00:01
[Music]
00:06
Whether you like to catch fish, or just eat it, you might be surprised to find out where
00:10
a lot of that fish comes from. Many fish populations have struggled, because of damage to their
00:15
habitats or over-harvesting. Fortunately, for anglers and fish lovers, fish hatcheries
00:21
can supplement natural populations for both commercial and recreational fishing. Because
00:25
it's so important to keep the fish in hatcheries healthy, a great deal of automation is required.
00:31
Hi, Alexi here from Opto 22. Today, we're here at Wolf Lake state fish hatchery, one
00:37
of six fish hatcheries operated by Michigan's Department of Natural Resources. They've invited
00:42
us here today to show us how they hatch and raise fish, as well as how they monitor and
00:47
control these systems. Let's go take a look.
00:50
[Music]
01:03
>>Alexi: Hi. Today I'm here with Chris Klage from Michigan's Department of Natural Resources.
01:08
Chris, can you tell us a little bit about yourself? >>Chris: What I do is, I take care of the six
01:13
hatcheries within Michigan, all the process control and alarm monitoring systems within
01:18
the hatcheries. We have four in the lower peninsula and two in the upper peninsula as
01:23
far as the hatcheries, and we raise a variety of fish from brown trout to sturgeon to rainbow
01:28
trout, for all public waters within Michigan. >>Alexi: For the uninitiated like myself,
01:33
can you tell us a little bit about what's involved with the fish hatching process?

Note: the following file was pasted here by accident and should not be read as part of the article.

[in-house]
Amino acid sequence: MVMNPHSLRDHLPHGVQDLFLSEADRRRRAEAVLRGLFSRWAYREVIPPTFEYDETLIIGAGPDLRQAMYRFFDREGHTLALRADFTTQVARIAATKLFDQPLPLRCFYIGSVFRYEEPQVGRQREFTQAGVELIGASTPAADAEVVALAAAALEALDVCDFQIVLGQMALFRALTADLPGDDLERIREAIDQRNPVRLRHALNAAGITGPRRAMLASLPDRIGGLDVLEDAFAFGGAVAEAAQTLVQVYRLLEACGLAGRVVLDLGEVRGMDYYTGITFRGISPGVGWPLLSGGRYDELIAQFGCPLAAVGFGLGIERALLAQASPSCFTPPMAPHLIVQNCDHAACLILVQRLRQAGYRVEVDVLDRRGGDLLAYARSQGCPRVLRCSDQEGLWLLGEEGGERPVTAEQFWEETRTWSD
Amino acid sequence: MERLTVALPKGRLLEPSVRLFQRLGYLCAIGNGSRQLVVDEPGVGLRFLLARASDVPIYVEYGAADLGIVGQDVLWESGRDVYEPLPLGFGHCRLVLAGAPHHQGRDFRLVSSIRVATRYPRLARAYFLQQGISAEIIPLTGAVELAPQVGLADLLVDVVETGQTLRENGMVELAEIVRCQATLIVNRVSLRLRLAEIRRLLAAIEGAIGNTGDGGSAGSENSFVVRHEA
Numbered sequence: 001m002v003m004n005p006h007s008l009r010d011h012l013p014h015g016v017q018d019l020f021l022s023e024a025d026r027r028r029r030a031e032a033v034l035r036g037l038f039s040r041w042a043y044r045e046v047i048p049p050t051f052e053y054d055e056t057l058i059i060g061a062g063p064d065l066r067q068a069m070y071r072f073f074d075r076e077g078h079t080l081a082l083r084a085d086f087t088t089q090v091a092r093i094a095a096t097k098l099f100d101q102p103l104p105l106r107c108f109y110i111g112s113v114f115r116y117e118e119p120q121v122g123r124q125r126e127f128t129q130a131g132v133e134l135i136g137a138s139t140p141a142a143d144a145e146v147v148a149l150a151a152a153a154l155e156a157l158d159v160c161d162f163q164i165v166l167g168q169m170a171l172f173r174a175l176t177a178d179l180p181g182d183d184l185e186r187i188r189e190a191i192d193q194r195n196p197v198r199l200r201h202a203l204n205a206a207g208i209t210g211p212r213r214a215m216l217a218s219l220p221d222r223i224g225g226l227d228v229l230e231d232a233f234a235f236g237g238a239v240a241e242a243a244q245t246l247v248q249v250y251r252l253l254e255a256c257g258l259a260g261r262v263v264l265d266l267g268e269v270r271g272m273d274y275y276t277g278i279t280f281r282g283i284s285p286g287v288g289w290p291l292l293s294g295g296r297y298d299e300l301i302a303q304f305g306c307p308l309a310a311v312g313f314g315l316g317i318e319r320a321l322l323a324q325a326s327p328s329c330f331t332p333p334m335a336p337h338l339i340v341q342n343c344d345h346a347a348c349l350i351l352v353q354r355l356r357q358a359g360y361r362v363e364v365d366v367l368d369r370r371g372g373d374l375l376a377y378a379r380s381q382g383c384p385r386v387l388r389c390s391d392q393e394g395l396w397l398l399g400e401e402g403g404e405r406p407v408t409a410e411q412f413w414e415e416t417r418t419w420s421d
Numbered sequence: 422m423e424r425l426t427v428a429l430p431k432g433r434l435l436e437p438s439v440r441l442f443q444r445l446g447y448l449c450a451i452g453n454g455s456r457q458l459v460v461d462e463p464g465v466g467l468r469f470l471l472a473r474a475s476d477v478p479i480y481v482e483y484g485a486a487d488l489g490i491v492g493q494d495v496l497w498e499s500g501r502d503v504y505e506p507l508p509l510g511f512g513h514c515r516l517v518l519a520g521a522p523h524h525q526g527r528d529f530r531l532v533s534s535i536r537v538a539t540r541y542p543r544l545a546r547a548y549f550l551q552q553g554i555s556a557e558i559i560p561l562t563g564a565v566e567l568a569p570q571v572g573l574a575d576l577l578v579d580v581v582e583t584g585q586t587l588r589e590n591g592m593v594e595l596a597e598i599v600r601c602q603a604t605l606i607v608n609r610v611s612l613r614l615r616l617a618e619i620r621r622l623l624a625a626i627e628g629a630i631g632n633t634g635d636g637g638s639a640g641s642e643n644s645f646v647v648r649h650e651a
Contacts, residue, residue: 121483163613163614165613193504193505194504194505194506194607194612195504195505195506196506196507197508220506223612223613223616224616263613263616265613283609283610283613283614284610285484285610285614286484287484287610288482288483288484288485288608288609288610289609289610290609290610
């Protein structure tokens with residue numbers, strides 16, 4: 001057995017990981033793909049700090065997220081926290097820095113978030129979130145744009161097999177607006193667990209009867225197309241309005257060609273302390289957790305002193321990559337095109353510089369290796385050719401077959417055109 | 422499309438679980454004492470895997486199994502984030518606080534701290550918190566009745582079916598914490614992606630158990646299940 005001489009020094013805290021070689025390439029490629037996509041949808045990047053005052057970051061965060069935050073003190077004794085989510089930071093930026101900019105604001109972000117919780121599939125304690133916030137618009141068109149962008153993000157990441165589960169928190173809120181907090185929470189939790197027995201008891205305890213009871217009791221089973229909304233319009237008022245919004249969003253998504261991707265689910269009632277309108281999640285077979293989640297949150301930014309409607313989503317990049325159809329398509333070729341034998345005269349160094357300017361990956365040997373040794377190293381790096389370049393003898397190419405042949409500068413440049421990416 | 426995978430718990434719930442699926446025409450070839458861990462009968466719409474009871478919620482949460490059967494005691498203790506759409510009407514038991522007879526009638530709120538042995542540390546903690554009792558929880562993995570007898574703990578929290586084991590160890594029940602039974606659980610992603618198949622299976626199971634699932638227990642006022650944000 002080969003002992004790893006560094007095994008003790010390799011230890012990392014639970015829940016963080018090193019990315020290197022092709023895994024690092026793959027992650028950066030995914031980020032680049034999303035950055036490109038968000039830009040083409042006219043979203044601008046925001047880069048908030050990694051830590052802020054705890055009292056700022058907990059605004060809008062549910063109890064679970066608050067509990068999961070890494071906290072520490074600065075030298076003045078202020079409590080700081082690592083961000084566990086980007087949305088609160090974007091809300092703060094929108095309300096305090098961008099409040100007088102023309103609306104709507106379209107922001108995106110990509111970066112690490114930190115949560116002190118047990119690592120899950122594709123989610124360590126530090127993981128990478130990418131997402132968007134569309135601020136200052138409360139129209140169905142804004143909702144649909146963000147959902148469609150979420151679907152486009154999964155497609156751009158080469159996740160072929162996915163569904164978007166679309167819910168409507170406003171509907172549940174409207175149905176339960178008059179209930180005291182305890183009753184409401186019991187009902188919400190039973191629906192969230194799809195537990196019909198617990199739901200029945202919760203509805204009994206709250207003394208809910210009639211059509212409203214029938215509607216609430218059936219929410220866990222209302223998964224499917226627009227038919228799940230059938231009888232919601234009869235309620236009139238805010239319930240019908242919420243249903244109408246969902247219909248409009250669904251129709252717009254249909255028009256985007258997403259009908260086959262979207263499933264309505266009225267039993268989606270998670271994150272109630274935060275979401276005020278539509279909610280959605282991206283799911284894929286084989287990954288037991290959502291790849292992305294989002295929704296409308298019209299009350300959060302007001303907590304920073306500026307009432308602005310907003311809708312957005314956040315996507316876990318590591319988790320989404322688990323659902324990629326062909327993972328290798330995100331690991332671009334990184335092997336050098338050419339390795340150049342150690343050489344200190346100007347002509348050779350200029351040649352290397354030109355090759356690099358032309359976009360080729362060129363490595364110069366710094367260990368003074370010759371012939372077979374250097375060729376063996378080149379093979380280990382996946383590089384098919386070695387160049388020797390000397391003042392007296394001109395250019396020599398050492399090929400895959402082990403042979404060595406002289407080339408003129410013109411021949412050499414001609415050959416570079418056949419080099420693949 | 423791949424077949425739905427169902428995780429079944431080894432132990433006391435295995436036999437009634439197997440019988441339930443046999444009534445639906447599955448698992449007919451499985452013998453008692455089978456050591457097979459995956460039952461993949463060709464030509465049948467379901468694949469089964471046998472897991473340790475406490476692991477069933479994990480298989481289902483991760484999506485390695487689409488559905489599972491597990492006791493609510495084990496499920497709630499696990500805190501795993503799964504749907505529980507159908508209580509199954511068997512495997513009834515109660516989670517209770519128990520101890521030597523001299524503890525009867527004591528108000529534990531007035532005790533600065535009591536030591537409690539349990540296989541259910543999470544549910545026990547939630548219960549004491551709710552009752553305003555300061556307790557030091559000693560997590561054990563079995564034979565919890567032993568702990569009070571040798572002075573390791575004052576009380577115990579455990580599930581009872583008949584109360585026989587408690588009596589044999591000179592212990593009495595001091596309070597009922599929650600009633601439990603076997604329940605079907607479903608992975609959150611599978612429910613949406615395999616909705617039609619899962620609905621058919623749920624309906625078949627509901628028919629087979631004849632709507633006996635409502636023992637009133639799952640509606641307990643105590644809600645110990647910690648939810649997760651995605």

01:36
>>Chris: From the beginning of the cycle of fish hatching, we actually go out into the
01:43
public waters. They call it stripping the fish eggs from the female, fertilizing the
01:48
eggs from the male, and bringing them back to the hatchery. That's where our process
01:53
starts. We actually go into the incubation, we actually raise these fish to they call
01:58
it a swim-up stage, or a fry. From that stage the fish come from incubation into our indoor
02:04
tanks. Depending on the species, but they stay within the indoor tanks for approximately
02:09
four to six months. And then from there, they continue the rest of their life in the hatchery
02:14
in the outdoor raceways, which is almost a year. These fish are very delicate. Within a short
02:20
period of time these fish can actually die just from a lack of water, lack of oxygen.
02:27
Well, my responsibility is to maintain the alarm system within these hatcheries that
02:32
monitor these processes. From the egg stage to the actual, we call them a yearling stage,
02:37
they are treated many different times. They have certain medicated feeds, vaccines that
02:43
we do. We try to raise a very healthy product. So when we put a fish out back in the public
02:49
waters, that fish has a good chance of survival. >>Alexi: And where do the fish go when you release them?
02:55
>>Chris: Actually, within the state of Michigan,
02:57
every waterway you can imagine. Every little lake, stream, some inland, some tributaries
03:03
to all the Great Lakes, even some of our fish actually make it to other states.
03:06
>>Alexi: Can you give us an idea of how many fish you produce?
03:09
>>Chris: Depending on the facility, depending on the size of the facility, anywhere between
03:15